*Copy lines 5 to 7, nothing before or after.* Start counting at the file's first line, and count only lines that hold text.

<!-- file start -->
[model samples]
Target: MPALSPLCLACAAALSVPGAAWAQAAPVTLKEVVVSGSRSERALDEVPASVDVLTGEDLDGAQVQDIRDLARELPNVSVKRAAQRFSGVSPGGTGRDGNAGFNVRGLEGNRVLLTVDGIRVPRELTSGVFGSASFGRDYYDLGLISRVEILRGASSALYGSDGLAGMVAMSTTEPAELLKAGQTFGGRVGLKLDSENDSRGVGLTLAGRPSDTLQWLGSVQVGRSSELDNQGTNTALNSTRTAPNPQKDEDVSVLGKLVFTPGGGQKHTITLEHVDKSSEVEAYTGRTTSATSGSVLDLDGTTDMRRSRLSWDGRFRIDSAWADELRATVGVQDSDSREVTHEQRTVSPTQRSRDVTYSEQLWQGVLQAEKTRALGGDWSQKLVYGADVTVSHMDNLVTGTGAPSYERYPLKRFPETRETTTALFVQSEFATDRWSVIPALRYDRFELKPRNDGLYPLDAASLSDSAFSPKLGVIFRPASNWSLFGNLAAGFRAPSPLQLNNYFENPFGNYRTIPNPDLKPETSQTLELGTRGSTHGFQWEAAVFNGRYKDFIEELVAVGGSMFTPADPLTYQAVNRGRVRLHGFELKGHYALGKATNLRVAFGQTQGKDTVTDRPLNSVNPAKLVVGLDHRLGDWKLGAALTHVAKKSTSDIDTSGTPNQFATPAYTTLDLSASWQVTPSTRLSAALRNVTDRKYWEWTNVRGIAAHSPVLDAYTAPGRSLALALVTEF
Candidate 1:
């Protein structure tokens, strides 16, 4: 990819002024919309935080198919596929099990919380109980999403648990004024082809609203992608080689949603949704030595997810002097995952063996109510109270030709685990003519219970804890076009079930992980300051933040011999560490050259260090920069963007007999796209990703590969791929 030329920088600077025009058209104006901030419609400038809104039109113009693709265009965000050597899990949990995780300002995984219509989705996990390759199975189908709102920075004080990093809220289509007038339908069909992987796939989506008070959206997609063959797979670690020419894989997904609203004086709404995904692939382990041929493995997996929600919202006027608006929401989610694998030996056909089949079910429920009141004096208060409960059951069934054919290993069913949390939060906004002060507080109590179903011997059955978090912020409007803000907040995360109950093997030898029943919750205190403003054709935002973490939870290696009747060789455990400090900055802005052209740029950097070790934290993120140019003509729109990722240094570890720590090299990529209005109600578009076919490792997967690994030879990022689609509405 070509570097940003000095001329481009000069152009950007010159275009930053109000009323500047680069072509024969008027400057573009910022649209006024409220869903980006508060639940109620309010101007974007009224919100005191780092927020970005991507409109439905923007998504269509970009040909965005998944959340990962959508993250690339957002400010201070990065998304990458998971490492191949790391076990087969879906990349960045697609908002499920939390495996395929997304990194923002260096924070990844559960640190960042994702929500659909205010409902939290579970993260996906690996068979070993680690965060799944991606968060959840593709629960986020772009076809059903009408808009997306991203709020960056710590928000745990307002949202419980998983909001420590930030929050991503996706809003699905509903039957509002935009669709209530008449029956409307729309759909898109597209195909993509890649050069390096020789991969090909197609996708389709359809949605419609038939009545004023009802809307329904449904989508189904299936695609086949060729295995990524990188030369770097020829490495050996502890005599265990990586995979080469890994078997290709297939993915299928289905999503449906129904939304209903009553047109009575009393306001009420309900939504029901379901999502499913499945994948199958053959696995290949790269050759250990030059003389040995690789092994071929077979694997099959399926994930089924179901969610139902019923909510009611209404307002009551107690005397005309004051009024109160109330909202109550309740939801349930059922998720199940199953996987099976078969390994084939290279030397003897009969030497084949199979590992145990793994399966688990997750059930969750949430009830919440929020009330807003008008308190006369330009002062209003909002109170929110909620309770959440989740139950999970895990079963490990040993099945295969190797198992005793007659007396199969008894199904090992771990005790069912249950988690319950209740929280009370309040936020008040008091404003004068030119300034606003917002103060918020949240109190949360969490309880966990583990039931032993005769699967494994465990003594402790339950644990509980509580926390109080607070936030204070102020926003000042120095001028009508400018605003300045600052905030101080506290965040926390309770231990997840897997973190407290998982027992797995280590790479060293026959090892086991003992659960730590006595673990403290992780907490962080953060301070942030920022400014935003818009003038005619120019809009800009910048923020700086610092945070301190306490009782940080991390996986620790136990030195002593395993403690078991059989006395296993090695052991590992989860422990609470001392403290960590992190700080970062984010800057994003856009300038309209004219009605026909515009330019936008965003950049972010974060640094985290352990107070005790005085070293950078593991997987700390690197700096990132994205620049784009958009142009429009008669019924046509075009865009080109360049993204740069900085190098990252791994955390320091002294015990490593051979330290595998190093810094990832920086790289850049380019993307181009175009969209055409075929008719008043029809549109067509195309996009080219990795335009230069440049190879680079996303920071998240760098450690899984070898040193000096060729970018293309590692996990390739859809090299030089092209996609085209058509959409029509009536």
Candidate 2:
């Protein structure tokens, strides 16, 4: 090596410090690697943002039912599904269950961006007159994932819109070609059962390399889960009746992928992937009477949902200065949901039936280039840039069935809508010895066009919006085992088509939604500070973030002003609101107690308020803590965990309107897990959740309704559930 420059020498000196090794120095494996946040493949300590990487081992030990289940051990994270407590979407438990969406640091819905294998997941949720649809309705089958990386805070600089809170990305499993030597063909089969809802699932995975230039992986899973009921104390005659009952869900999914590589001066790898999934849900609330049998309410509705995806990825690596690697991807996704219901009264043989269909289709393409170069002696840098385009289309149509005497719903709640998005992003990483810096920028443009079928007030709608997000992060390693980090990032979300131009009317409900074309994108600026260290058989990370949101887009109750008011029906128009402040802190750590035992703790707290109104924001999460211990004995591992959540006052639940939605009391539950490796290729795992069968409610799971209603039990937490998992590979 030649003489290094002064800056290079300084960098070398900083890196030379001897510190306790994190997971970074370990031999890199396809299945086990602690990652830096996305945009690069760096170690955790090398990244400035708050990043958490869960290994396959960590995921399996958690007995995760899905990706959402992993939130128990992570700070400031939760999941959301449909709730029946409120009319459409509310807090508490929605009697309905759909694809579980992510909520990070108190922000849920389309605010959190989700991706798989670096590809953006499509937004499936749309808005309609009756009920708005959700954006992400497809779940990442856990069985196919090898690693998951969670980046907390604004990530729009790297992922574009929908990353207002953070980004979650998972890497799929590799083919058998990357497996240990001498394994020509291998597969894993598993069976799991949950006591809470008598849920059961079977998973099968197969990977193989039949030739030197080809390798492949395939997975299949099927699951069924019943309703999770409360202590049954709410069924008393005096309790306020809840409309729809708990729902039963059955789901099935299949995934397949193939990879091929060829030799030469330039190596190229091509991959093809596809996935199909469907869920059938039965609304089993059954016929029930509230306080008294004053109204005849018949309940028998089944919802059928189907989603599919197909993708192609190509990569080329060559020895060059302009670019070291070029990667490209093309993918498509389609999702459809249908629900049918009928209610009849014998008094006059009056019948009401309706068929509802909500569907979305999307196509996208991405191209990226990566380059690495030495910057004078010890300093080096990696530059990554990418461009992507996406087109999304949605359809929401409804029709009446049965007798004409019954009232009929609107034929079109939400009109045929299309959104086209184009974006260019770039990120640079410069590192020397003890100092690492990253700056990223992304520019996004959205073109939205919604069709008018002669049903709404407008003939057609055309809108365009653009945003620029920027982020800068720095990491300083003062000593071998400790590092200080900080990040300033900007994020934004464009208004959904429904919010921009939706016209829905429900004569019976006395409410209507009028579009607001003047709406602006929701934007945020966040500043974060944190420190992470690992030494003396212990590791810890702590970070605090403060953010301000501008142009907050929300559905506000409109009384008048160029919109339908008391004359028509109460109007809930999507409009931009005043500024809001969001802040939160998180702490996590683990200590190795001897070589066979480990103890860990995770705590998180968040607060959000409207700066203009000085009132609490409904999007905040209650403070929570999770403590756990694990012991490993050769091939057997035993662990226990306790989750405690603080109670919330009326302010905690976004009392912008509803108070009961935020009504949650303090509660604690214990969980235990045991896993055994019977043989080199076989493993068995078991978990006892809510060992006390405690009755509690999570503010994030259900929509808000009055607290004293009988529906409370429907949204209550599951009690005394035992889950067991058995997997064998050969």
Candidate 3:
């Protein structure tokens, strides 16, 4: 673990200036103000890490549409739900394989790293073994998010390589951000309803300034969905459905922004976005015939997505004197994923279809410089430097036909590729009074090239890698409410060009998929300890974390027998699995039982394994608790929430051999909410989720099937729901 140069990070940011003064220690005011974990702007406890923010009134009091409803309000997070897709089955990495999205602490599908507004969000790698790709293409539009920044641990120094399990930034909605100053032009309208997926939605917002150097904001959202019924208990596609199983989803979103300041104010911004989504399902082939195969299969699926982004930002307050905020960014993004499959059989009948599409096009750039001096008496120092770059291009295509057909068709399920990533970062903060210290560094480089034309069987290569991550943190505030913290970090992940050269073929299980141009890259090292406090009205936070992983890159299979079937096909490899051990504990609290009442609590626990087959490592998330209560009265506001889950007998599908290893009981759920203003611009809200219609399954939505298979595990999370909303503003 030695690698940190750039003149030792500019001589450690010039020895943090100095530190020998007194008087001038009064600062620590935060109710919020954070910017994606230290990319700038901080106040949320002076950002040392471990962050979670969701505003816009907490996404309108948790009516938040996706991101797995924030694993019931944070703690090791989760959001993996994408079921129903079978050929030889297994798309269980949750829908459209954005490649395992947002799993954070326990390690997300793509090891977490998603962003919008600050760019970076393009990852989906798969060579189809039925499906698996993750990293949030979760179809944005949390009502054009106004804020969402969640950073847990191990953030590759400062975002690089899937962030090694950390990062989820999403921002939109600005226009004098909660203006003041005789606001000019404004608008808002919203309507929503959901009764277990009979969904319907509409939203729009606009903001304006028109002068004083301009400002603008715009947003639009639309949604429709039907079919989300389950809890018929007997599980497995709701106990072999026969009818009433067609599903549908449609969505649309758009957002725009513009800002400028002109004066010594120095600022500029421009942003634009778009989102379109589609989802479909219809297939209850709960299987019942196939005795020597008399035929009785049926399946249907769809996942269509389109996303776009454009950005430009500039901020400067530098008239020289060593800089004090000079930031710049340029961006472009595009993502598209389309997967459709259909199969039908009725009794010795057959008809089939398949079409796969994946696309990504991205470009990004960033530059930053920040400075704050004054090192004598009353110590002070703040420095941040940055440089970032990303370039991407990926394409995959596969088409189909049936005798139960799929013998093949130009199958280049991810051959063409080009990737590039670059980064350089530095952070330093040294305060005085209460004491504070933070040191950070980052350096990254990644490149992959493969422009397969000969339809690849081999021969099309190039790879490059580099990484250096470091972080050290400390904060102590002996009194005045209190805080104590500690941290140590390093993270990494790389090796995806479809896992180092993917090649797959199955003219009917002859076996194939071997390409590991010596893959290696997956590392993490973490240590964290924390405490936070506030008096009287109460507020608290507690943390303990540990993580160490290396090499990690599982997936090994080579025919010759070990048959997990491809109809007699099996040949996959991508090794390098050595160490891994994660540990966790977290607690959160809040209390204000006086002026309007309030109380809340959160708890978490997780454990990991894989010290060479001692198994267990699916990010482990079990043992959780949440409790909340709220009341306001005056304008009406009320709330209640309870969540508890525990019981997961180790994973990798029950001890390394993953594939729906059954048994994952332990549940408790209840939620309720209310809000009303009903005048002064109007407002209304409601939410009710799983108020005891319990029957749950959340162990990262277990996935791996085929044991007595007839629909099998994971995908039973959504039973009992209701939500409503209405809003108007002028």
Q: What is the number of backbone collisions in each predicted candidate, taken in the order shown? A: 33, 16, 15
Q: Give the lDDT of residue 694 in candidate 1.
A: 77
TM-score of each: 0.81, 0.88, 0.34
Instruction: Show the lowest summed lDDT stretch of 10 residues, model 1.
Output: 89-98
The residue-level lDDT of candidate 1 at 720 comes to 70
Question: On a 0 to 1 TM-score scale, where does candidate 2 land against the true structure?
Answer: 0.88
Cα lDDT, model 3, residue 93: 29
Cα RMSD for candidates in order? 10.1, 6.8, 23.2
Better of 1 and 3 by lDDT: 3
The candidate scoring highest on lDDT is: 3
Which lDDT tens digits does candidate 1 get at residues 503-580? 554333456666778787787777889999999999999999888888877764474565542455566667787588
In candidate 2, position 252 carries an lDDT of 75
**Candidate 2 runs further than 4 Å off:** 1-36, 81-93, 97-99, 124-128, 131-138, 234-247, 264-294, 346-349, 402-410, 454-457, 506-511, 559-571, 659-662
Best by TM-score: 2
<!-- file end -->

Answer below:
Candidate 2:
């Protein structure tokens, strides 16, 4: 090596410090690697943002039912599904269950961006007159994932819109070609059962390399889960009746992928992937009477949902200065949901039936280039840039069935809508010895066009919006085992088509939604500070973030002003609101107690308020803590965990309107897990959740309704559930 420059020498000196090794120095494996946040493949300590990487081992030990289940051990994270407590979407438990969406640091819905294998997941949720649809309705089958990386805070600089809170990305499993030597063909089969809802699932995975230039992986899973009921104390005659009952869900999914590589001066790898999934849900609330049998309410509705995806990825690596690697991807996704219901009264043989269909289709393409170069002696840098385009289309149509005497719903709640998005992003990483810096920028443009079928007030709608997000992060390693980090990032979300131009009317409900074309994108600026260290058989990370949101887009109750008011029906128009402040802190750590035992703790707290109104924001999460211990004995591992959540006052639940939605009391539950490796290729795992069968409610799971209603039990937490998992590979 030649003489290094002064800056290079300084960098070398900083890196030379001897510190306790994190997971970074370990031999890199396809299945086990602690990652830096996305945009690069760096170690955790090398990244400035708050990043958490869960290994396959960590995921399996958690007995995760899905990706959402992993939130128990992570700070400031939760999941959301449909709730029946409120009319459409509310807090508490929605009697309905759909694809579980992510909520990070108190922000849920389309605010959190989700991706798989670096590809953006499509937004499936749309808005309609009756009920708005959700954006992400497809779940990442856990069985196919090898690693998951969670980046907390604004990530729009790297992922574009929908990353207002953070980004979650998972890497799929590799083919058998990357497996240990001498394994020509291998597969894993598993069976799991949950006591809470008598849920059961079977998973099968197969990977193989039949030739030197080809390798492949395939997975299949099927699951069924019943309703999770409360202590049954709410069924008393005096309790306020809840409309729809708990729902039963059955789901099935299949995934397949193939990879091929060829030799030469330039190596190229091509991959093809596809996935199909469907869920059938039965609304089993059954016929029930509230306080008294004053109204005849018949309940028998089944919802059928189907989603599919197909993708192609190509990569080329060559020895060059302009670019070291070029990667490209093309993918498509389609999702459809249908629900049918009928209610009849014998008094006059009056019948009401309706068929509802909500569907979305999307196509996208991405191209990226990566380059690495030495910057004078010890300093080096990696530059990554990418461009992507996406087109999304949605359809929401409804029709009446049965007798004409019954009232009929609107034929079109939400009109045929299309959104086209184009974006260019770039990120640079410069590192020397003890100092690492990253700056990223992304520019996004959205073109939205919604069709008018002669049903709404407008003939057609055309809108365009653009945003620029920027982020800068720095990491300083003062000593071998400790590092200080900080990040300033900007994020934004464009208004959904429904919010921009939706016209829905429900004569019976006395409410209507009028579009607001003047709406602006929701934007945020966040500043974060944190420190992470690992030494003396212990590791810890702590970070605090403060953010301000501008142009907050929300559905506000409109009384008048160029919109339908008391004359028509109460109007809930999507409009931009005043500024809001969001802040939160998180702490996590683990200590190795001897070589066979480990103890860990995770705590998180968040607060959000409207700066203009000085009132609490409904999007905040209650403070929570999770403590756990694990012991490993050769091939057997035993662990226990306790989750405690603080109670919330009326302010905690976004009392912008509803108070009961935020009504949650303090509660604690214990969980235990045991896993055994019977043989080199076989493993068995078991978990006892809510060992006390405690009755509690999570503010994030259900929509808000009055607290004293009988529906409370429907949204209550599951009690005394035992889950067991058995997997064998050969």
Candidate 3: